Daubenya is a genus in the Hyacinthaceae family from South Africa. Most of the species are found in the winter rainfall area. Originally thought to have a single species, Daubenya aurea, it was expanded by John Manning and Peter Goldblatt in 2000 to include other genera (Androsiphon, Amphisiphon) and species that have been considered Polyxena, Massonia, or Neobakeria in the past. Common to all are two spreading prostrate leaves and white to yellow or red tubular flowers in a condensed raceme followed by papery capsules with smooth glossy seeds. Flowers are pollinated by butterflies, beetles, sunbirds, and bees depending on the species.
Daubenya alba is a species described in 2002 and coming from the edge of the Roggeveld escarpment in the Northern Cape Province. The name suggests white flowers, but they may also commonly be pale lilac, which fades more white as the flowers mature. They are easily distinguished from other daubenyas by the long tubes formed by the united stamens. The plants are slow to flower, taking about 5 years from seeds. Photo 1 was taken by Paul Cumbleton. Photos 2-4 were taken by Jacob Uluwehi Knecht.
Photos 1-4 were taken by Dylan Hannon of a form collected from the Bos Rivier, near Sutherland. The photos show bulbs that are about 20 years old. These bulbs have not made any offsets.
Daubenya aurea, a really beautiful and rare species, has red or yellow flowers and is found growing on dolerite clay flats in the Roggeveld. This species is pollinated by monkey beetles. The first three photos from Bob Rutemoeller show plants grown by Alan Horstmann in South Africa and were blooming in September 2003. The next two pictures were taken by Alan of his plants.
In September 2006 in a glorious year there were masses of red ones in bloom for the IBSA annual trip to Middelpos along with other blooming annuals and bulbs. For other flowers blooming at the same time see the Roggeveld wiki page. The first three photos of the red ones were taken by Bob Rutemoeller and Mary Sue Ittner. The fourth photo was taken by Cameron McMaster. The last two pictures from the same area show the yellow form photographed by Cameron McMaster in an earlier year at Middelpos and one by Mary Sue Ittner seen in bloom September 2006.
The first photo by Bob Werra is of one that he grows that is yellow. The second photo was taken by Bob Rutemoeller of a pot of red ones blooming in the Kirstenbosch National Botanical Garden bulb room in the Conservatory in August 2003. The third image is of seedlings in their 4th winter after sowing, Santa Barbara, California, from Jacob Uluwehi Knecht. The last two photos were taken by Michael Mace of a plant grown in California. The weirdness of these flowers is hard to fully capture on film. Viewed up close, they look more like a piece of coral or an exotic starfish than like a flower.
Daubenya capensis, syn. Androsiphon capense, grows in doleritic clay in the northwest Cape. It has yellow yeast scented flowers. Photo by Alan Horstmann.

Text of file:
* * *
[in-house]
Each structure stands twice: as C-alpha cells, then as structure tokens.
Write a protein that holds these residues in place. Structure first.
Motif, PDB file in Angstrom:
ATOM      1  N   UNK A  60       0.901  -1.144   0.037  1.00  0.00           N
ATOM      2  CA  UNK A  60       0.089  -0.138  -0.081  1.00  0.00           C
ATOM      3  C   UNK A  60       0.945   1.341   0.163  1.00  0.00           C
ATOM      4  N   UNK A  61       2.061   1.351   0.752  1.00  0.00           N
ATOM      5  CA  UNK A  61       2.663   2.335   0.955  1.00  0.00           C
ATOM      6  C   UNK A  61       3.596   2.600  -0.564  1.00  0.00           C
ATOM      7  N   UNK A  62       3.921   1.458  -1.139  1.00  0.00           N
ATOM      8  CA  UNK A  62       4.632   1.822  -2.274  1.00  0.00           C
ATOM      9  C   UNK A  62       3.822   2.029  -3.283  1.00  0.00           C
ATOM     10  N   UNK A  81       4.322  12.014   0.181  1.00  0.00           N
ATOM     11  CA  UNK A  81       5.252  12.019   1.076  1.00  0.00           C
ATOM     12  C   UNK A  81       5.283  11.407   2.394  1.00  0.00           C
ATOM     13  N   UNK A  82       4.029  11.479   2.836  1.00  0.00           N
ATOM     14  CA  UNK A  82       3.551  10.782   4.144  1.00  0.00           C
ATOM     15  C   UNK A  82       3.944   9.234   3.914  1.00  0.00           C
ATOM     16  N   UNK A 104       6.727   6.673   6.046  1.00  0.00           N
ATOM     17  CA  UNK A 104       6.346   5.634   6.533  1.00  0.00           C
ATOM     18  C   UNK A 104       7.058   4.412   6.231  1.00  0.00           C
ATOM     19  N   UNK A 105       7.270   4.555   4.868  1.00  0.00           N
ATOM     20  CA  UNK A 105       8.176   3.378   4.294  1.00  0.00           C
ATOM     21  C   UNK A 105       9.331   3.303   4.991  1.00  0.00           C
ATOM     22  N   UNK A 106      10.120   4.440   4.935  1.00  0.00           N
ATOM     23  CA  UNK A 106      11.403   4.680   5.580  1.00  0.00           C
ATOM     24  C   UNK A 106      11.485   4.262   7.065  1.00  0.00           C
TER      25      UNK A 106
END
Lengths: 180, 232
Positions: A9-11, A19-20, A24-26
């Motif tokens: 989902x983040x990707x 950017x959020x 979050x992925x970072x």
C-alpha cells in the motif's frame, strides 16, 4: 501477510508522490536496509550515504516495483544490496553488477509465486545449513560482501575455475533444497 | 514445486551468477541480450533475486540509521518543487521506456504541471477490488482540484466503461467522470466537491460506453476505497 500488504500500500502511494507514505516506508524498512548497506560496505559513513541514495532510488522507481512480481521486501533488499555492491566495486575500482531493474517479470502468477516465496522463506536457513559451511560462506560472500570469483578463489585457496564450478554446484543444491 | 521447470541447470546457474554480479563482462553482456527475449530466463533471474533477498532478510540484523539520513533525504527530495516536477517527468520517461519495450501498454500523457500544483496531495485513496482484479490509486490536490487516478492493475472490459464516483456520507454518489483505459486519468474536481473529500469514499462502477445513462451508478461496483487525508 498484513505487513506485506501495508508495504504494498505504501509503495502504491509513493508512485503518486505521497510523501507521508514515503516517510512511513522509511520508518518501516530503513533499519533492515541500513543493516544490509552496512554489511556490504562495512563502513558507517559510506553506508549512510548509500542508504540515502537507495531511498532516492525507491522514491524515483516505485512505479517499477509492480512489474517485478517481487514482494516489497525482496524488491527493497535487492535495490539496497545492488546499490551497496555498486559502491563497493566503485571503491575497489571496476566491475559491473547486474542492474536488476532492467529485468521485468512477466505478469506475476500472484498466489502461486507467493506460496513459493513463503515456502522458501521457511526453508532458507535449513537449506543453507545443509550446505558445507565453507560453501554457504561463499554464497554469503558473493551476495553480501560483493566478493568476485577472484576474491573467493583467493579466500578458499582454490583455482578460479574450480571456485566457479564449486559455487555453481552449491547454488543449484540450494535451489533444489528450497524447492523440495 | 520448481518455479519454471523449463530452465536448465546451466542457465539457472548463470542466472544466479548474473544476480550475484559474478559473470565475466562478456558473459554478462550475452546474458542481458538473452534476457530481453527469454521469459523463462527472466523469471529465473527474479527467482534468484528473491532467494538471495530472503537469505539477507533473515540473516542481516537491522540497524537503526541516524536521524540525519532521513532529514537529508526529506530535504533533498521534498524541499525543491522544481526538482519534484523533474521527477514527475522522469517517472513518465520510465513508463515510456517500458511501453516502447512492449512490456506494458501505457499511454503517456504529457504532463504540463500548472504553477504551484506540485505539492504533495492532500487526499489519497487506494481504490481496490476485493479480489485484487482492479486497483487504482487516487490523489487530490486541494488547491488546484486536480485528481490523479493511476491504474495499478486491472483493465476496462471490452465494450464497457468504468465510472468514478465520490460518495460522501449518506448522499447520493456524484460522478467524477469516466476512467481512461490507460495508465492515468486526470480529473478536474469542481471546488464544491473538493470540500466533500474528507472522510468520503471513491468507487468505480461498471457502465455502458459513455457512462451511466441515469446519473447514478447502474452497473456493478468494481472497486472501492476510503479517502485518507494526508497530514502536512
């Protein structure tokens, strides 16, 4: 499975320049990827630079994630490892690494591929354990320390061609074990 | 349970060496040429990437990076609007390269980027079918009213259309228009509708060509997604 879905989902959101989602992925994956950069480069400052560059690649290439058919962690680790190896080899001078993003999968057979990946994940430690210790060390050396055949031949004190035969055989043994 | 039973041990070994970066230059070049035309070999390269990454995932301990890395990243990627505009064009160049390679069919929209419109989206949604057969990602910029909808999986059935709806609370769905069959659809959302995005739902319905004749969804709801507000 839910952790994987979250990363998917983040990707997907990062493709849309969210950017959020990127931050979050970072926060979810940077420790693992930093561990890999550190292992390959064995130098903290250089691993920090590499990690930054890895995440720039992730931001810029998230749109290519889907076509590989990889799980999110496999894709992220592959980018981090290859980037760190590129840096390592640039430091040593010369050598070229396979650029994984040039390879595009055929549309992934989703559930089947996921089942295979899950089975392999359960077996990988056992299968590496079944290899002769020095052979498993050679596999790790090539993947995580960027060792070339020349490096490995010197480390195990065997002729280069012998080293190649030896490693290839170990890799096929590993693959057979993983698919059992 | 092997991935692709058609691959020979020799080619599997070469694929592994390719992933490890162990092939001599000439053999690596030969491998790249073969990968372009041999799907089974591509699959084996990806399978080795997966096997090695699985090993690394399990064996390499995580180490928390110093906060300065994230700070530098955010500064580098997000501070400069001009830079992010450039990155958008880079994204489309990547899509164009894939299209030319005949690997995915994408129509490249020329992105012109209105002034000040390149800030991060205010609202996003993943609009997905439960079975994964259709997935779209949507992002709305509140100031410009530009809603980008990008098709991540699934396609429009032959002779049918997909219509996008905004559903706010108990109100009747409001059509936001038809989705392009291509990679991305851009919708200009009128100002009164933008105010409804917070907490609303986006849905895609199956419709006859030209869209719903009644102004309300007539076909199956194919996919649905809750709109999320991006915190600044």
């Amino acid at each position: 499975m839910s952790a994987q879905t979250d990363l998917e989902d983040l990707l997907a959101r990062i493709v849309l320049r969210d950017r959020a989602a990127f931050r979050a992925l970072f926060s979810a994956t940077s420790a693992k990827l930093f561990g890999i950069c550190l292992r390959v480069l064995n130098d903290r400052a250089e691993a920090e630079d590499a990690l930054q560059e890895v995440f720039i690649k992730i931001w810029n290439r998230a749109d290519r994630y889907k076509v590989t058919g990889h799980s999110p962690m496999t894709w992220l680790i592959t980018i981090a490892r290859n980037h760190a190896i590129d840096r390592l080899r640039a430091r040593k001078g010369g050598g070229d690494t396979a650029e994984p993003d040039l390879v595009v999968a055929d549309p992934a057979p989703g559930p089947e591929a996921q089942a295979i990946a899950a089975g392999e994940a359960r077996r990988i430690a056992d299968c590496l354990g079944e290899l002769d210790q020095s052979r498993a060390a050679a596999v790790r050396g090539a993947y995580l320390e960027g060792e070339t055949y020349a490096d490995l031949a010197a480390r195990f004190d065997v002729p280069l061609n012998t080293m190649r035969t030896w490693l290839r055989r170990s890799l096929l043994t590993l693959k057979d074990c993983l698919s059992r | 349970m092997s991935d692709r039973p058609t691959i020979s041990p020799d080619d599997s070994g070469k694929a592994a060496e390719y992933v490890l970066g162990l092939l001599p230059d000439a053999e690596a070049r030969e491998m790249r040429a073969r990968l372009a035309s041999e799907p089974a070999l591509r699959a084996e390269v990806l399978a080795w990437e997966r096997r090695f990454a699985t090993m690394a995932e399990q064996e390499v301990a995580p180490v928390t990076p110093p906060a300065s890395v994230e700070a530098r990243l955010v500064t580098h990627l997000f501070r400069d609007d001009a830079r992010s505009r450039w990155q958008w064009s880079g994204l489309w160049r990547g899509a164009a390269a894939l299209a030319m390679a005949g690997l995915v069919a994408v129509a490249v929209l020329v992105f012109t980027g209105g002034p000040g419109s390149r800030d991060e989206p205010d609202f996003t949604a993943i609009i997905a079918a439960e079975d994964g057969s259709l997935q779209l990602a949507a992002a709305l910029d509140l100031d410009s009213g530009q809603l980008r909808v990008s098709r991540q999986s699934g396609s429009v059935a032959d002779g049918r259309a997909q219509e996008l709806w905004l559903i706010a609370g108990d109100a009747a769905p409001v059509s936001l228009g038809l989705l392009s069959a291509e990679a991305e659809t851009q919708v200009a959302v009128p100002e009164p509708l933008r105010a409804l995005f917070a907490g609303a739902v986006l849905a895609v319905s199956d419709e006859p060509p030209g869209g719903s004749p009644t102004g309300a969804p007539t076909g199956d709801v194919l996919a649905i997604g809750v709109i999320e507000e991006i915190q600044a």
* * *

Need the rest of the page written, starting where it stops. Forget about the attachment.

Daubenya comata is a species that is rare in cultivation, even though in the wild it has a wider distribution than most other Daubenyas, occurring in the Free State, Northern Cape and the North Eastern parts of Western Cape. This puts it into areas that get some summer rainfall, but it still behaves as a winter grower. Grazing threatens this species survival in some of its range. The flowers can be white or pinkish and have a strong spicy scent. Photo by Paul Cumbleton of one of the pinkish ones:
Daubenya marginata has previously been known as Massonia marginata. It has broadly leathery shiny prostrate leaves with longitudinal grooves. The flowers are in a dense cluster between the leaves with prominent yellow to orange stamens. It grows in clay flats in the Roggeveld and the northwest Cape. The first two photos were taken near Middelpos by Mary Sue Ittner and Bob Rutemoeller where it was almost finished blooming in September 2006. It grows close to Daubenya aurea. The last photo was taken by Cameron McMaster.
Pictured below are two growing in the UK. The first one was grown from seed by Peter Maynard where it blooms in the fall unlike the spring in its native land. The second one was photographed by Paul Cumbleton. It makes a fine display, often in December, so is a Christmas treat. The third picture was taken by Alan Horstmann.
Daubenya stylosa is found in clay soils in the Bokkeveld Plateau. It is a most attractive species with glowing bright yellow flowers that have a smell of honey. For Paul Cumbleton, this starts flowering in October and goes on into November. Photos 1-2 by Paul Cumbleton, 2-4 from Alan Horstmann, and 5-6 from Nhu Nguyen.
Daubenya zeyheri is from calcareous-coastal sands in the South Western Cape. It has glossy green leaves and flowers with white petals and showy red-orange filaments. That much alone makes this an attractive plant when viewed from the side. The wonderful surprise comes when you view it from above. The bottoms of the stamens are coloured purple and this colour reflects in the copious nectar pools that gather in the flowers. It looks like the flowers are filled with glowing amethysts. the nectar attracts sunbirds who pollinate it. This plant can truly be described as a jewel of the desert!! The first two photos from Paul Cumbleton show a side view and a top view. The last two photos from Mary Sue Ittner.
Larger views of the photos by Paul Cumbleton and cultivation information can be found on his Wisley’s Alpine Log